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Publication numberUS2346968 A
Publication typeGrant
Publication dateApr 18, 1944
Filing dateSep 15, 1942
Priority dateSep 15, 1942
Publication numberUS 2346968 A, US 2346968A, US-A-2346968, US2346968 A, US2346968A
InventorsFrancis J Jeuck, Charles A Rietz
Original AssigneeInterchem Corp
Export CitationBiBTeX, EndNote, RefMan
External Links: USPTO, USPTO Assignment, Espacenet
Typographic printing ink
US 2346968 A
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Description  (OCR text may contain errors)

Patented Apr. 18, 1944 UNITED STATES PATENT OFFICE Park Ridge, 11]., nssignors to Interohemical Corporation, New York, N. Y., a corporation of Ohio No Drawing. Application September 15, 1942.

Serial No. 458,458

2 Claims.

This invention relates to printing inks which can be set or dried by the application of water thereto, and aims to provide an ink of this type characterized by improved press-stability, printing properties and toughness of film, as compared with previqusly known inks of the same type.

Inks which may be dried by the application of water upon th freshly printed film and methods of printing with such inks are disclosed and claimed in Gessler et al. Patent No. 2,157,385, dated May 9, 1939. Such inks contain a watersoluble solvent, usually a polyglycol or a polyether alcohol. When water is sprayed upon or otherwise added to a printed film of an ink of this character, it causes the ink binder to be precipitated so that upon evaporation or removal of the solvent and water, such as by penetration into the paper, the ink is substantially dry. Due to the fact that the solvents best suited for use in these inks are hygroscopic, difllculties in operation are encountered when the weather is humid.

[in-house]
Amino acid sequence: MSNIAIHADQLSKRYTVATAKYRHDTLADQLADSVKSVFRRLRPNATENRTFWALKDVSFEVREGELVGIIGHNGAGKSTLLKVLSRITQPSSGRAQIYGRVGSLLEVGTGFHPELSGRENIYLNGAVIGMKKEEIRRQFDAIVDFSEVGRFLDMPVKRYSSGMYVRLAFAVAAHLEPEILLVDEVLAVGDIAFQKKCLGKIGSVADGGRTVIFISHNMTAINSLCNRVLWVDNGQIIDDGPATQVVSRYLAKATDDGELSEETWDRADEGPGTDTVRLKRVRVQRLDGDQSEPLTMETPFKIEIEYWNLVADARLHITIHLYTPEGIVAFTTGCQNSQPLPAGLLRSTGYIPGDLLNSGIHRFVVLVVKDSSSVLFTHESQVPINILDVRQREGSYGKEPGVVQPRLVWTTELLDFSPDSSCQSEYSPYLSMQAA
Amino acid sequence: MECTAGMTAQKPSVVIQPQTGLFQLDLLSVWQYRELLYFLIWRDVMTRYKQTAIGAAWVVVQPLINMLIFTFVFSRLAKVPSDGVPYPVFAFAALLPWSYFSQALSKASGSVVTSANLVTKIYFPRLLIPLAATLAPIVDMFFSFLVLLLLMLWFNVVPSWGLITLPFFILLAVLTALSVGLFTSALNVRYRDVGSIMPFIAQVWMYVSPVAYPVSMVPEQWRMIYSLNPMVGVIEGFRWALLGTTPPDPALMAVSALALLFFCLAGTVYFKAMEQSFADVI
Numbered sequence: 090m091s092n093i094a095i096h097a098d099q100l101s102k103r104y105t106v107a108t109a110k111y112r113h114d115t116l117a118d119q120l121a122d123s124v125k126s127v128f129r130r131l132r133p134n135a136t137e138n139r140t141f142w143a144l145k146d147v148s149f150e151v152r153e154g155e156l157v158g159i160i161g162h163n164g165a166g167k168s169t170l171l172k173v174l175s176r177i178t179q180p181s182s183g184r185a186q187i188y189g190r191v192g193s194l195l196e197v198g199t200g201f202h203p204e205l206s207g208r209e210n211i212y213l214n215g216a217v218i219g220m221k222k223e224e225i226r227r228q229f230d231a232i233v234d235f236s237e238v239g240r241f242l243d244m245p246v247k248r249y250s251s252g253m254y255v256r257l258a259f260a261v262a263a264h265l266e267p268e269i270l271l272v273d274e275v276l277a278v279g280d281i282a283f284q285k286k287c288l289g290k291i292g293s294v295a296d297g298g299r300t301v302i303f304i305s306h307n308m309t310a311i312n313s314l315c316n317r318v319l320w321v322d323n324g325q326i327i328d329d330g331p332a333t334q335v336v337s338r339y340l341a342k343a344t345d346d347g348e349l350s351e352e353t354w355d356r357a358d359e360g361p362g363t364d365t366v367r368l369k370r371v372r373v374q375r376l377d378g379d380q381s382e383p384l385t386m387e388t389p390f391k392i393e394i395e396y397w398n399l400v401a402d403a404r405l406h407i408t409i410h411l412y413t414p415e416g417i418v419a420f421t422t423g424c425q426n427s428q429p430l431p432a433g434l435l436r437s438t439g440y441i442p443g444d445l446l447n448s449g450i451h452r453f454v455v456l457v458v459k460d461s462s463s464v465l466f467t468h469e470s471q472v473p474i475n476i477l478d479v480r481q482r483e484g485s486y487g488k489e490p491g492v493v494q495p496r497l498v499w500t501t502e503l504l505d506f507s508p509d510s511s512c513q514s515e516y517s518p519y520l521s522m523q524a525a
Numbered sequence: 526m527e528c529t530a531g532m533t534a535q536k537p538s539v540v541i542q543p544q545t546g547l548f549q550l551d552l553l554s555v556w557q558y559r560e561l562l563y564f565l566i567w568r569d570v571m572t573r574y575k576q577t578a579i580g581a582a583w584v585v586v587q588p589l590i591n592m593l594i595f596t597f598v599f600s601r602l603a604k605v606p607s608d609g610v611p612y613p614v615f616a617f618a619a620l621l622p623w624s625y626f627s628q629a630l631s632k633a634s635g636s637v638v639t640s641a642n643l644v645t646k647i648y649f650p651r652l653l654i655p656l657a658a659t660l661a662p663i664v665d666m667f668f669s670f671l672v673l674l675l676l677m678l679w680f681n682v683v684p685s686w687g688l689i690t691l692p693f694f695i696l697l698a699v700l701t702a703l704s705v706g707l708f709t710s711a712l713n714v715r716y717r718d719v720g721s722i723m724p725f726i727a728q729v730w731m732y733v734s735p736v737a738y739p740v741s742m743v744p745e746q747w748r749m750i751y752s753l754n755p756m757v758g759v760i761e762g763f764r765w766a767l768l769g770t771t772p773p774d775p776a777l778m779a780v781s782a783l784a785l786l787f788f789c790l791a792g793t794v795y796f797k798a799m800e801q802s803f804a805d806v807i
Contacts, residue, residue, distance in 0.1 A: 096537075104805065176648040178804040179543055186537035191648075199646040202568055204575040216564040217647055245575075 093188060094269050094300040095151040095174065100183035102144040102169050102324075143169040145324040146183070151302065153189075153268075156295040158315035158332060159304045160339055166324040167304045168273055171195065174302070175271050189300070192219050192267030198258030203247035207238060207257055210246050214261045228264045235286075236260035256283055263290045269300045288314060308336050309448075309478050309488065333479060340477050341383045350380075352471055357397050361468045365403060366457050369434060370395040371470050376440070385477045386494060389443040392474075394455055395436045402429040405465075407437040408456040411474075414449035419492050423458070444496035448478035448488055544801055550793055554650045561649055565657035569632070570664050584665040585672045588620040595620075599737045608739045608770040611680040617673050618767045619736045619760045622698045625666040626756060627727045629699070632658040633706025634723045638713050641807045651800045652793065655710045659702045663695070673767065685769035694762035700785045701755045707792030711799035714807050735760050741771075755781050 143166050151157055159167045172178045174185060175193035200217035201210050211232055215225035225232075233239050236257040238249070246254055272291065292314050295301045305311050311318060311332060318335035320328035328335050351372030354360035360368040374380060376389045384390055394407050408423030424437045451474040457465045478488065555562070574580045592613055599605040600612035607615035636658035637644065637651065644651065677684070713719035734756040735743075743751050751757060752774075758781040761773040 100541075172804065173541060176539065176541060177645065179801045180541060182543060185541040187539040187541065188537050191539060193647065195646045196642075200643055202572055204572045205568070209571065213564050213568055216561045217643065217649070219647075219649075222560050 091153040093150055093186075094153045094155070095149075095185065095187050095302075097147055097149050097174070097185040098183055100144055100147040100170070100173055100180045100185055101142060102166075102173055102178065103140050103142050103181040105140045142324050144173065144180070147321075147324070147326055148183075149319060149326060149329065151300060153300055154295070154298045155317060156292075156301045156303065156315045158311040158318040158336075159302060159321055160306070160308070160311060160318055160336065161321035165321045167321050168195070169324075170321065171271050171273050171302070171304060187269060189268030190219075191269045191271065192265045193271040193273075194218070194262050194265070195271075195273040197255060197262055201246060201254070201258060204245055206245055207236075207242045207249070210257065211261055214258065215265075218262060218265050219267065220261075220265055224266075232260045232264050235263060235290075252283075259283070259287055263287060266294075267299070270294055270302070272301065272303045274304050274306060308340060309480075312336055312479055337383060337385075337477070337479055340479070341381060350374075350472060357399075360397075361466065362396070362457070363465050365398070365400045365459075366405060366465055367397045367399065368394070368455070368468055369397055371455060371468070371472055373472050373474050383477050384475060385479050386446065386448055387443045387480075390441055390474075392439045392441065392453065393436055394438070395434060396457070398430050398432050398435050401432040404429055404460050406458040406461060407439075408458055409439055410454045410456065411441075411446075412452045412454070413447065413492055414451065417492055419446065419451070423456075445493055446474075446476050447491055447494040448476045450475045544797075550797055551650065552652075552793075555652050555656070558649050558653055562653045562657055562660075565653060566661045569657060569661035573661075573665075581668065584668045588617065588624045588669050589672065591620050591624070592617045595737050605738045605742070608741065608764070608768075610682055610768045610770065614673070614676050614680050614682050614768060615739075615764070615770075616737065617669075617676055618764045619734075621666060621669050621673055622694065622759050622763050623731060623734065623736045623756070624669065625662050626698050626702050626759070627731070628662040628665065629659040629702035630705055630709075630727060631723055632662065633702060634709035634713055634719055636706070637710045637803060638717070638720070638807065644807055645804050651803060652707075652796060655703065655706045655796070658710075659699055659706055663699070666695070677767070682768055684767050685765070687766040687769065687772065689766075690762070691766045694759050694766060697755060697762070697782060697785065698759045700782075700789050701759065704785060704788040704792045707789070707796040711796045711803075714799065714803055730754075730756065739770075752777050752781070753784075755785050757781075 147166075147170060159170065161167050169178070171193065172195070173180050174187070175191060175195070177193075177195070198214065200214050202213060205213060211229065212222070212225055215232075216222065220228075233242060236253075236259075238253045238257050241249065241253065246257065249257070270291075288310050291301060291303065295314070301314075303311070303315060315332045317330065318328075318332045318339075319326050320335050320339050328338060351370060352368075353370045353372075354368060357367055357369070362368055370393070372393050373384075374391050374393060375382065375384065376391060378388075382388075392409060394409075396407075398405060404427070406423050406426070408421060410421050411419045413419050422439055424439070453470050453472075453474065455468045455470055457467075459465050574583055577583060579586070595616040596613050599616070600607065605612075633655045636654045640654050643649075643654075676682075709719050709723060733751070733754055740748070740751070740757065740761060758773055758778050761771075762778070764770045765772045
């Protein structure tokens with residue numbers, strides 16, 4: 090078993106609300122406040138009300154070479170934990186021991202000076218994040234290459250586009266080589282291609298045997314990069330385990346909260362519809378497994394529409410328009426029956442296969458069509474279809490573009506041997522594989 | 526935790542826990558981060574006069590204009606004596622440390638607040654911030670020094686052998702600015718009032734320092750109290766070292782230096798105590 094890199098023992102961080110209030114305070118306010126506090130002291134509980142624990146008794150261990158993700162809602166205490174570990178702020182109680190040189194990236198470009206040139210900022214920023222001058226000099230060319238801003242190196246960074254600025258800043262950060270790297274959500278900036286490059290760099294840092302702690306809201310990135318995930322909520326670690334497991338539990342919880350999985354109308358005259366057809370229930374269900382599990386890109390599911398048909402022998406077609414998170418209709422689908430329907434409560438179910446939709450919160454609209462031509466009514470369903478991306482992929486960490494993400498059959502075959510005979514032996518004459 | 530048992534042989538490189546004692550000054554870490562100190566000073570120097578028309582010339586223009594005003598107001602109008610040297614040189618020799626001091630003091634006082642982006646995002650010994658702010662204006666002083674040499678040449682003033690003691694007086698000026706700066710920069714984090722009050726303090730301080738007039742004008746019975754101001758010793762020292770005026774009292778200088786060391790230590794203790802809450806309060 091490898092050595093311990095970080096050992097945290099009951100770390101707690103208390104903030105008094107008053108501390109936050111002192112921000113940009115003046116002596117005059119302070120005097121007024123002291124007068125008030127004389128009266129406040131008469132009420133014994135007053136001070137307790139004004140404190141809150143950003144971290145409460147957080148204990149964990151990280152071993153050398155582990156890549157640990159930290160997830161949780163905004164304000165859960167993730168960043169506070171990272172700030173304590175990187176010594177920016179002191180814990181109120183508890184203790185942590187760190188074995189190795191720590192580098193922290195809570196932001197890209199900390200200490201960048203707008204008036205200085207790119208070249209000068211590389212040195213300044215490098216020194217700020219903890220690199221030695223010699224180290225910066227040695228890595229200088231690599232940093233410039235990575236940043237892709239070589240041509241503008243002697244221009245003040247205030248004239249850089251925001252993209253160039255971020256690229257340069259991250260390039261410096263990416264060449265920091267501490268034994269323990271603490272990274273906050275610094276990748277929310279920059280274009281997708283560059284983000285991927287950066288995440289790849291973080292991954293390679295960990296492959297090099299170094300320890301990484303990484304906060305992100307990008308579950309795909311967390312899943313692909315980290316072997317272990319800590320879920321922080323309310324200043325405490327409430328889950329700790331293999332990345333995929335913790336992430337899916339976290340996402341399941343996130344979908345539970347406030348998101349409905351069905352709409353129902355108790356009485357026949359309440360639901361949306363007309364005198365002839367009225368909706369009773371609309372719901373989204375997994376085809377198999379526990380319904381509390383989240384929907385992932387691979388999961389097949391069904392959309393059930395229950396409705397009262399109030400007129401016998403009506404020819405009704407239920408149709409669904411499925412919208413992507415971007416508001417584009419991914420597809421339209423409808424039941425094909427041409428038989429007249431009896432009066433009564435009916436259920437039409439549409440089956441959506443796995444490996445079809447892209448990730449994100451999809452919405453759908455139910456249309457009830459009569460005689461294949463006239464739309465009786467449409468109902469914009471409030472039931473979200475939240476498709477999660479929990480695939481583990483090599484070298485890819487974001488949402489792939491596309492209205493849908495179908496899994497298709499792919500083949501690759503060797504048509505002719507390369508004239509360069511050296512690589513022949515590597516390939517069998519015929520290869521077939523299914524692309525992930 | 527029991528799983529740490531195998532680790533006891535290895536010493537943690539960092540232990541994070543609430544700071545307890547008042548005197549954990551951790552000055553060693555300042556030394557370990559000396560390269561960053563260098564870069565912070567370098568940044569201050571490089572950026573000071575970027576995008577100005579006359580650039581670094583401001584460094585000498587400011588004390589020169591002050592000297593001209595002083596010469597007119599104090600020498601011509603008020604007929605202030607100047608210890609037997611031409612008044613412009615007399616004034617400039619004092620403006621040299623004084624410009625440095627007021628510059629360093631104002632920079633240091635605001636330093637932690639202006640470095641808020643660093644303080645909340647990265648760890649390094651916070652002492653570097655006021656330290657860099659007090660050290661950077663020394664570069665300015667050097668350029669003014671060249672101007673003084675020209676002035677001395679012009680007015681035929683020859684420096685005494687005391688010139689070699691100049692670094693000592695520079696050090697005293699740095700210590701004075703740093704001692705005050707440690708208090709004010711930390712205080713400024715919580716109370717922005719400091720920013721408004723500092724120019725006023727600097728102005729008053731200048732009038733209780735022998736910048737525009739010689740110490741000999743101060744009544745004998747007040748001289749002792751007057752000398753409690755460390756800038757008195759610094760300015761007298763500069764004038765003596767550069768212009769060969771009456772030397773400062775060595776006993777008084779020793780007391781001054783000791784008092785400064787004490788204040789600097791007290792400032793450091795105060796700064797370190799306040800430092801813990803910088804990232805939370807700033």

Various methods have been suggested to overcome this problem, among others the use of rosin modified by the diene addition of maleic or fumaric acid (U. S. Patent No. 2,244,103, June 3, 1941). While these improved inks are less susceptible to precipltation'difliculties in humid weather, they leave much to be desired in printability. In particular, the flow of the inks and the wetting properties oi such vehicles are apt to be poor, resulting in poor impressions from halftones.

We have discovered that improved water setting inks can be made by combining the polybasic acids obtained by the diene reaction oi rosin or a rosin derivative with maleic or fumaric acids, or othen alpha beta unsaturated polybasic acids with fatty acids, or bodied vegetable oils to obtain a resin soluble in polyglycols, and using these resins, dissolved in water-soluble polyglycols, and water-soluble polyglycol derivatives, as ink vehicles. These vehicles are not only less water-sensitive than the prior art vehicles, but the inks flow out and print better, and give better pigment binding.

Substantially any fatty acids can be used as the modifying acids, although drying oil fatty acids are most preferred. At least 5% based on total resin weight, is necessary to give a marked improvement; and not so much should be used as to render the resin insoluble in polyglycols. About 25% of the total resin appears to be the upper limit for solubility, with drying oil acids or bodied vegetable oils.

Typical examples of the invention are the following:

' Example 1-Vamish Pounds Rosin 400 Fumaric acid 100 Linseed oil fatty acids 80 Glycer 8 reacted at 465 F. for 2 hours; water is evolved,

and the melting point rises to 170 F.ball and ring method. At this stage, the resin is dissolved are heated to 465 F. and held 1 /2 hours.

106 pounds diethylene glycol are then added.

Example 3-Varnish Pounds Rosin 240 Fumaric acid 60 Heat to 460 F. and hold 1 /2 hours. Cool to 300 F., and add 40 pounds #3 heat bodied linseed oil. Hold at 300 F. until clear, and add 200 pounds diethylene glycol.

The highly acid linseed oil reacts with the rosin fumaric acid condensate to form an oilmodifled reaction product.

Typical of the inks made from the above varnishes are the following: